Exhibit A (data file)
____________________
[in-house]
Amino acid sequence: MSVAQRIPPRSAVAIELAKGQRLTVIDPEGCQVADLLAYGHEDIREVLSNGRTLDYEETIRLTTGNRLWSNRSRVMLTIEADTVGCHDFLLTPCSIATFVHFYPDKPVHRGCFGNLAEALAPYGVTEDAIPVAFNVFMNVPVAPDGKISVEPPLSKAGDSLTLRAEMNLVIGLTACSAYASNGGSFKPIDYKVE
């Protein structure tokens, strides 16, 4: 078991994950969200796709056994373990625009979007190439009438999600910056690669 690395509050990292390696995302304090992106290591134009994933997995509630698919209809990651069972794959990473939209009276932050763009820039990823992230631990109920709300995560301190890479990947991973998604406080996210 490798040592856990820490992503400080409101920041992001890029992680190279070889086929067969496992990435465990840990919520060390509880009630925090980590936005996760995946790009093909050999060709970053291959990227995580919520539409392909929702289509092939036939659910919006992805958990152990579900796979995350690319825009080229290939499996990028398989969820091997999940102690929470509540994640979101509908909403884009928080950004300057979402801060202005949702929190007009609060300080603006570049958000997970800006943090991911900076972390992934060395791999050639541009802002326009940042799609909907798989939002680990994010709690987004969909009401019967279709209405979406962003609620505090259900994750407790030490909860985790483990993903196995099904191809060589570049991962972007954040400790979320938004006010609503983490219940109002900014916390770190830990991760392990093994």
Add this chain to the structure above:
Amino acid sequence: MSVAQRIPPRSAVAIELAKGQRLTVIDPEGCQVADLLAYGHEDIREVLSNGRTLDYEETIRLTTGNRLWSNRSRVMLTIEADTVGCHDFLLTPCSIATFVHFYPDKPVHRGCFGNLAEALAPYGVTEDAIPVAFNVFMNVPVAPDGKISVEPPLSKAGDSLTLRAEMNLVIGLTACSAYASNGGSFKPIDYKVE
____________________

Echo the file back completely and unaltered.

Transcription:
[in-house]
Amino acid sequence: MSVAQRIPPRSAVAIELAKGQRLTVIDPEGCQVADLLAYGHEDIREVLSNGRTLDYEETIRLTTGNRLWSNRSRVMLTIEADTVGCHDFLLTPCSIATFVHFYPDKPVHRGCFGNLAEALAPYGVTEDAIPVAFNVFMNVPVAPDGKISVEPPLSKAGDSLTLRAEMNLVIGLTACSAYASNGGSFKPIDYKVE
């Protein structure tokens, strides 16, 4: 078991994950969200796709056994373990625009979007190439009438999600910056690669 690395509050990292390696995302304090992106290591134009994933997995509630698919209809990651069972794959990473939209009276932050763009820039990823992230631990109920709300995560301190890479990947991973998604406080996210 490798040592856990820490992503400080409101920041992001890029992680190279070889086929067969496992990435465990840990919520060390509880009630925090980590936005996760995946790009093909050999060709970053291959990227995580919520539409392909929702289509092939036939659910919006992805958990152990579900796979995350690319825009080229290939499996990028398989969820091997999940102690929470509540994640979101509908909403884009928080950004300057979402801060202005949702929190007009609060300080603006570049958000997970800006943090991911900076972390992934060395791999050639541009802002326009940042799609909907798989939002680990994010709690987004969909009401019967279709209405979406962003609620505090259900994750407790030490909860985790483990993903196995099904191809060589570049991962972007954040400790979320938004006010609503983490219940109002900014916390770190830990991760392990093994």
Add this chain to the structure above:
Amino acid sequence: MSVAQRIPPRSAVAIELAKGQRLTVIDPEGCQVADLLAYGHEDIREVLSNGRTLDYEETIRLTTGNRLWSNRSRVMLTIEADTVGCHDFLLTPCSIATFVHFYPDKPVHRGCFGNLAEALAPYGVTEDAIPVAFNVFMNVPVAPDGKISVEPPLSKAGDSLTLRAEMNLVIGLTACSAYASNGGSFKPIDYKVE